Dr. Klimas noted that her active IND in biologics was not included in the FDA report, but Dr. Cavaille-Coll noted that the report covered only his Division. He also noted that FDA does not initiate research, it only allows research to proceed. Some research, however, does not even require exemptions, such as the research of lawfully developed drug products for uses not requiring changes in their advertising or indications. So, for example, drugs such as Florinef do not require an IND. Dr. Klimas thought that all Stage I research should be included in the FDA report to the CFSCC. But Dr. Cavaille-Coll responded that FDA intended to report on the number of new applications, and also that INDs are not coded by the specific diseases addressed. If an IND is not designated for CFS, it may not appear in his report, although all FDA Divisions are expected to cross-consult on work that is also germane to other Divisions.
Mr. Crum asked if there are mechanisms to reassure that a drug approved by FDA will be safe for children. Dr. Cavaille-Coll reported FDA's encouragement that drug safety in pediatric settings be investigated as soon as possible, and that children be included in clinical studies. Mr. Crum asked FDA's relationship with researchers when it sponsors a clinical trial. Dr. Cavaille-Cdll said that FDA does not do research, although there are some NlH-funded clinical trials with which FDA Divisions work (e.g. NIAID's AIDS Clinical Trials Group, or with NCI's oncology research). For example, the FDA Center on Biologics has a significant number of staff working on the NIH campus.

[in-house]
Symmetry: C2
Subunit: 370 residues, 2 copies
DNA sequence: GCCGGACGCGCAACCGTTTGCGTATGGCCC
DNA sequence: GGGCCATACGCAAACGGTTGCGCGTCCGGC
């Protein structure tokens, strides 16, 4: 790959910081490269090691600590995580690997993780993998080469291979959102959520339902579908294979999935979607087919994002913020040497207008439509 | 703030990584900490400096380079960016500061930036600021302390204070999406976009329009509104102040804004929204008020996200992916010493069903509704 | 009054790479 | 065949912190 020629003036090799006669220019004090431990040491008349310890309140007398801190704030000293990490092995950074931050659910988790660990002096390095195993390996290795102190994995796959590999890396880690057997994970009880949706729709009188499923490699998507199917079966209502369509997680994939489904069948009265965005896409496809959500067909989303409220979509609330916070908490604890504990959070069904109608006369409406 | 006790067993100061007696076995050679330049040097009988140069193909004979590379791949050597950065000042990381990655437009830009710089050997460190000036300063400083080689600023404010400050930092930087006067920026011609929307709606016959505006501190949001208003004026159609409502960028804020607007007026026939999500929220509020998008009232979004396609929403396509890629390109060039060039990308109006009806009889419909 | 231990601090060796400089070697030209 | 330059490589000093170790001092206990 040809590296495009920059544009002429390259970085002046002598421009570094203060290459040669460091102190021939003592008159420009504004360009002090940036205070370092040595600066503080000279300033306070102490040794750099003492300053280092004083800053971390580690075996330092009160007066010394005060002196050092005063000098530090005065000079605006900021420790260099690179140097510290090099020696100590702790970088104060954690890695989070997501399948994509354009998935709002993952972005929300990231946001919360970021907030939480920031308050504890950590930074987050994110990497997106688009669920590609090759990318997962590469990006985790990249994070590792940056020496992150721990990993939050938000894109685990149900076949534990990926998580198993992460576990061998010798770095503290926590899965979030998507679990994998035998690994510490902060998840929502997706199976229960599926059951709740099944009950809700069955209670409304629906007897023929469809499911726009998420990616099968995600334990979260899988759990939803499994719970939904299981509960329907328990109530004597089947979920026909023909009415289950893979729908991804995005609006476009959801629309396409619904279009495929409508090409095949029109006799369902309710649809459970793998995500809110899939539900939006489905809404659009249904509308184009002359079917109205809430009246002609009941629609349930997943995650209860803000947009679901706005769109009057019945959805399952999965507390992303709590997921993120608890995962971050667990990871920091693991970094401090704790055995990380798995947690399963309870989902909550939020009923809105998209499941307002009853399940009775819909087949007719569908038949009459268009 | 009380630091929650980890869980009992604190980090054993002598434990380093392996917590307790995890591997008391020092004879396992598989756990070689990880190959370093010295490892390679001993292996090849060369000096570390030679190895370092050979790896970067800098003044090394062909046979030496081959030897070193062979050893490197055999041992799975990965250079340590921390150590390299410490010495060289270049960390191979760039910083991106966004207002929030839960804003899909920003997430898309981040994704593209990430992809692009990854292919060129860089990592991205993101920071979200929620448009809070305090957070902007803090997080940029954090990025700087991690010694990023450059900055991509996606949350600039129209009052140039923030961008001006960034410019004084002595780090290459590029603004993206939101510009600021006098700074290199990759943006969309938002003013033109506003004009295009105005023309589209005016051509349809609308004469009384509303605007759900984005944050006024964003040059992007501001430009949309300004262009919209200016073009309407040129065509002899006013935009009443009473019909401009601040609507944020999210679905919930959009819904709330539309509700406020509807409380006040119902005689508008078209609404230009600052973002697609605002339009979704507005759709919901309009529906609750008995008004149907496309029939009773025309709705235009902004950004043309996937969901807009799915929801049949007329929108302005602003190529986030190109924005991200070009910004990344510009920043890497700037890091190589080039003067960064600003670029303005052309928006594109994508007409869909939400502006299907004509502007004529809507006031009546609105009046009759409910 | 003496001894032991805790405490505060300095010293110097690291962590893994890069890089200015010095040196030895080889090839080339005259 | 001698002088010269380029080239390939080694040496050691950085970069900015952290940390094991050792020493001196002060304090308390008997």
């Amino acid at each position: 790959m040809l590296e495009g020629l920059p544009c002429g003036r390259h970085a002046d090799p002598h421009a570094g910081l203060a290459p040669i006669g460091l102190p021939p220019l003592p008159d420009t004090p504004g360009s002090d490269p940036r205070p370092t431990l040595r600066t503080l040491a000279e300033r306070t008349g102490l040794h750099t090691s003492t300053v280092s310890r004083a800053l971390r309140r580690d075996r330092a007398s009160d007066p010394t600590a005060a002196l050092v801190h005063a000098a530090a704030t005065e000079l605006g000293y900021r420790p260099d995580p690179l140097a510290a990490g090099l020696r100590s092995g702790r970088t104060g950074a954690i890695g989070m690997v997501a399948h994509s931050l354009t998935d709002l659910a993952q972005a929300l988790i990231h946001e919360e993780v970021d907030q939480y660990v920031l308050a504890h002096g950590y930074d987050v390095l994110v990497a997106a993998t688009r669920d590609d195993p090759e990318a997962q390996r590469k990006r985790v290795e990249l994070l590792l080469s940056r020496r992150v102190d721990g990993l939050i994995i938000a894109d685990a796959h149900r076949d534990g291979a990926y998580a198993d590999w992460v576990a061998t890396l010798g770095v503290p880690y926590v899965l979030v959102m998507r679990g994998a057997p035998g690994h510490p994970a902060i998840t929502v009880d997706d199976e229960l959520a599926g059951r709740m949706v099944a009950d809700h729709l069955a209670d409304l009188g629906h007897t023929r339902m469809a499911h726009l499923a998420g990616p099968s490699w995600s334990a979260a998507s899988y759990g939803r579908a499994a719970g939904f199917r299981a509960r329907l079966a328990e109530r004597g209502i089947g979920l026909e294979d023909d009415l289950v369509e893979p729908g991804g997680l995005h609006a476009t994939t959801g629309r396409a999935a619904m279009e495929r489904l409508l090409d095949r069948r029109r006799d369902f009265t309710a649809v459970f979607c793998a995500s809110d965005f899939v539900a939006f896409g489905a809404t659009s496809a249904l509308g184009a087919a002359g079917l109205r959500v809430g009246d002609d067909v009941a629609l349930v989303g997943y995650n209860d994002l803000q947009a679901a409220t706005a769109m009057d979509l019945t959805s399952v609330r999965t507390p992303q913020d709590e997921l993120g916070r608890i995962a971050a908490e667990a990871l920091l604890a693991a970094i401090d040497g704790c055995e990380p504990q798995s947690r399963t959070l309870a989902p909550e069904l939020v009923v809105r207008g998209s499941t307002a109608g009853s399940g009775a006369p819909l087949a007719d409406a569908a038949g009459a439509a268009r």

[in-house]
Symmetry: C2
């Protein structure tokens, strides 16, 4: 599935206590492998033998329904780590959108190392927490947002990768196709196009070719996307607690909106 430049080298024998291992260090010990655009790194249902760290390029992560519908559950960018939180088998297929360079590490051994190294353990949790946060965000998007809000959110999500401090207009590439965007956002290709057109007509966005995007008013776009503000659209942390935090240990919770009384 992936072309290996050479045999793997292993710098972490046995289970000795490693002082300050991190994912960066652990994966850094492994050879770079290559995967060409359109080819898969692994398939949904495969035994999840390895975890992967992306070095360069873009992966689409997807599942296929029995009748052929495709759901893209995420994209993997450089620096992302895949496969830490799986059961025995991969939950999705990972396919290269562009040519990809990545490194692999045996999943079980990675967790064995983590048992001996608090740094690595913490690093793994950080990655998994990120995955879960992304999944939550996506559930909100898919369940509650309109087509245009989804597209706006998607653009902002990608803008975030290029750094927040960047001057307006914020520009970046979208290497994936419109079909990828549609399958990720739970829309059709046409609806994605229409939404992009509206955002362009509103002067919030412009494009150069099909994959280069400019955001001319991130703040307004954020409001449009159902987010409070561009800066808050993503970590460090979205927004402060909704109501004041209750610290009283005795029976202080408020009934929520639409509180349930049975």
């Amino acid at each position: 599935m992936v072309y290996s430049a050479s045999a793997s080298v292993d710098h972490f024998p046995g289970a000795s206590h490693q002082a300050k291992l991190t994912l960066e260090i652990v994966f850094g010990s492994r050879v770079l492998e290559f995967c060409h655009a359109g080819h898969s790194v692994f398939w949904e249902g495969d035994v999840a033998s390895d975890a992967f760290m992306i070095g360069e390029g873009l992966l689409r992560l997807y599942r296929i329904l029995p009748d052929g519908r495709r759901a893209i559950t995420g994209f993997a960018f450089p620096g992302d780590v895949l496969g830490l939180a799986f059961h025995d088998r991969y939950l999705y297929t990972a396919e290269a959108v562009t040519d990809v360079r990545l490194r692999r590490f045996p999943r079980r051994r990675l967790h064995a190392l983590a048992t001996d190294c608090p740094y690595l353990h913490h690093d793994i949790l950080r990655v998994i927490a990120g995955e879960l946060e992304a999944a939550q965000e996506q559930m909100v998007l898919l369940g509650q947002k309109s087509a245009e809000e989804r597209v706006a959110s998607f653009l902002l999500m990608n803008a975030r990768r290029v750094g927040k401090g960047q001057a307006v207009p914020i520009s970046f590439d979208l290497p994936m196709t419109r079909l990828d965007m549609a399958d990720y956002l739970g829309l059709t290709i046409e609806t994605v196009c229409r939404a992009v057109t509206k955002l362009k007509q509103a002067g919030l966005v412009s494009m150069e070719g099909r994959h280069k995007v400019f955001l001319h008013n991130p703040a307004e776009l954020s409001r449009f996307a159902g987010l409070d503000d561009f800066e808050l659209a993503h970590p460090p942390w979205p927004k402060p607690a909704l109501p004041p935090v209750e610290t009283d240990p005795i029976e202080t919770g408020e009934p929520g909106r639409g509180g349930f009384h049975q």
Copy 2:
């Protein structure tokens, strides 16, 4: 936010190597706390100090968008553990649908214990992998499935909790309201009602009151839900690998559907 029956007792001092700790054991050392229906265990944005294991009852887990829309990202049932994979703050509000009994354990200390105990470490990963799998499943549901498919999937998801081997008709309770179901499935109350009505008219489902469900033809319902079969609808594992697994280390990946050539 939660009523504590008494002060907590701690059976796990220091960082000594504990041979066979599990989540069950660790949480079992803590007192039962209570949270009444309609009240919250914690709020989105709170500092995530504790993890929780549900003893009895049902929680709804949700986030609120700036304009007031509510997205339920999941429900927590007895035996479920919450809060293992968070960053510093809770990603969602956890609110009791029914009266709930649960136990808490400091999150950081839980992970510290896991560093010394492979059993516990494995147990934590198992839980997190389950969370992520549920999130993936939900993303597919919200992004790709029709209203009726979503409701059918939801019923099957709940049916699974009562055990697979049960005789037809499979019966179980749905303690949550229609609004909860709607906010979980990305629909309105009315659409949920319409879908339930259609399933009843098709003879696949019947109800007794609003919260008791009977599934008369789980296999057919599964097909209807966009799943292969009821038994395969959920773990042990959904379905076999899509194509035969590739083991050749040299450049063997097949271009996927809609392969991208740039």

Mr. Crum then asked which agency a small underfunded pharmaceutical company with a promising product should approach to conduct the Phase III trials and produce the data needed for FDA approval. Dr. Curlin said that this would be an NIH function, but also noted that the clinical trial is only the end of a long sequence of events built on animal models, etc. But there are other options for smaller companies to develop vaccines. NIH has such a program; or, they could license the product to a larger firm for clinical trials and release, or pursue other opportunities such as foundation funding if the science base is good and the product gains consensus that the medical aspects, safety/efficacy of the intervention support clinical studies. The latter is crucial in either case, because a big company is unlikely to invest in less-than certain products.
Dr. Schweitzer described an Ampligen trial with 20 person enrolled, whose expansion to 80 more subjects had been delayed. She lamented a situation in which a product, of apparent benefit to some and without evidence of harm to anyone, is controlled by the patent holder, who can withdraw it from trials due to underfunding, even if the patients needing the product are willing to pay for it. Dr. Cavaille-Coll responded that unfortunately, without a drug sponsor's permission, FDA cannot discuss any specifics about clinical studies. However, since it had been publicly announced, he could confirm that FDA had approved the enrollment of additional subjects. While he could not say more, he agreed to the importance that controlled studies be done as quickly as possible, to demonstrate whether or not the beneficial changes seen to date are attributable to the drug or to a placebo effect. Uncontrolled studies done over time may allow too many people to try an investigational drug without knowing if it will help them or harm them, a problem that was recognized with AIDS which FDA is now trying to avoid. However, who the company chooses to enroll in its controlled study is their own decision.
Dr. Carol S. Gleich briefly updated the committee on the Health Resources and Services Administration's (HRSA) activities. She first recognized Commander Nanette Pepper, HRSA's CFS Coordinating Officer, for efforts which resulted in a meeting between The CFIDS Association (Ms. Kenney) and HRSA's Bureau of Primary Health Care (BPHC). As a result, it was proposed that a letter from HRSA's Bureau of Primary Health Care (BPHC) Director, Dr. Marilyn Gaston, be sent to the Community and Migrant Health Centers nationwide, including information from The CFIDS Association of America. She also arranged for staff of HRSA's Maternal and Child Health Bureau to attend the previous day's workshop.